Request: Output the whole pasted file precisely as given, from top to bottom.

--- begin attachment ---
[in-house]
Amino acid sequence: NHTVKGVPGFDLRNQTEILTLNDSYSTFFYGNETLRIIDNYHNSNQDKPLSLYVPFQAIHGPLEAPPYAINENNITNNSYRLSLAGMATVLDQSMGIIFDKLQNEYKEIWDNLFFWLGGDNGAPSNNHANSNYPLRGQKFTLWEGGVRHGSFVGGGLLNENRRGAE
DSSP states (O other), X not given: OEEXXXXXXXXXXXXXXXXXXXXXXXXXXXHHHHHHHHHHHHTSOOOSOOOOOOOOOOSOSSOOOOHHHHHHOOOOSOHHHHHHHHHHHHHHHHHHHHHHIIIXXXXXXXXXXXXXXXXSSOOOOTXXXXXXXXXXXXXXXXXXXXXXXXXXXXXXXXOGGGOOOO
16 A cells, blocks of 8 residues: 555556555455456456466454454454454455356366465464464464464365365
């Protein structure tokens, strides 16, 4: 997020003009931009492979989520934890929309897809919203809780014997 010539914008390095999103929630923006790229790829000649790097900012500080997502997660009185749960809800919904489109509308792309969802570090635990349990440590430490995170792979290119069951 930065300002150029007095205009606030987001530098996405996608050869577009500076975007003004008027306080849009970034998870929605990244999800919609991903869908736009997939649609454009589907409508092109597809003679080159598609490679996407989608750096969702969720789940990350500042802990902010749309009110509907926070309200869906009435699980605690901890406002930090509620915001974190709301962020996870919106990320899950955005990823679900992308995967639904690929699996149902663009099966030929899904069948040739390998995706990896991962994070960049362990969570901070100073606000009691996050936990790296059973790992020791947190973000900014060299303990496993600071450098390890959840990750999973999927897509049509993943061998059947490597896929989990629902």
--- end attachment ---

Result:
[in-house]
Amino acid sequence: NHTVKGVPGFDLRNQTEILTLNDSYSTFFYGNETLRIIDNYHNSNQDKPLSLYVPFQAIHGPLEAPPYAINENNITNNSYRLSLAGMATVLDQSMGIIFDKLQNEYKEIWDNLFFWLGGDNGAPSNNHANSNYPLRGQKFTLWEGGVRHGSFVGGGLLNENRRGAE
DSSP states (O other), X not given: OEEXXXXXXXXXXXXXXXXXXXXXXXXXXXHHHHHHHHHHHHTSOOOSOOOOOOOOOOSOSSOOOOHHHHHHOOOOSOHHHHHHHHHHHHHHHHHHHHHHIIIXXXXXXXXXXXXXXXXSSOOOOTXXXXXXXXXXXXXXXXXXXXXXXXXXXXXXXXOGGGOOOO
16 A cells, blocks of 8 residues: 555556555455456456466454454454454455356366465464464464464365365
């Protein structure tokens, strides 16, 4: 997020003009931009492979989520934890929309897809919203809780014997 010539914008390095999103929630923006790229790829000649790097900012500080997502997660009185749960809800919904489109509308792309969802570090635990349990440590430490995170792979290119069951 930065300002150029007095205009606030987001530098996405996608050869577009500076975007003004008027306080849009970034998870929605990244999800919609991903869908736009997939649609454009589907409508092109597809003679080159598609490679996407989608750096969702969720789940990350500042802990902010749309009110509907926070309200869906009435699980605690901890406002930090509620915001974190709301962020996870919106990320899950955005990823679900992308995967639904690929699996149902663009099966030929899904069948040739390998995706990896991962994070960049362990969570901070100073606000009691996050936990790296059973790992020791947190973000900014060299303990496993600071450098390890959840990750999973999927897509049509993943061998059947490597896929989990629902």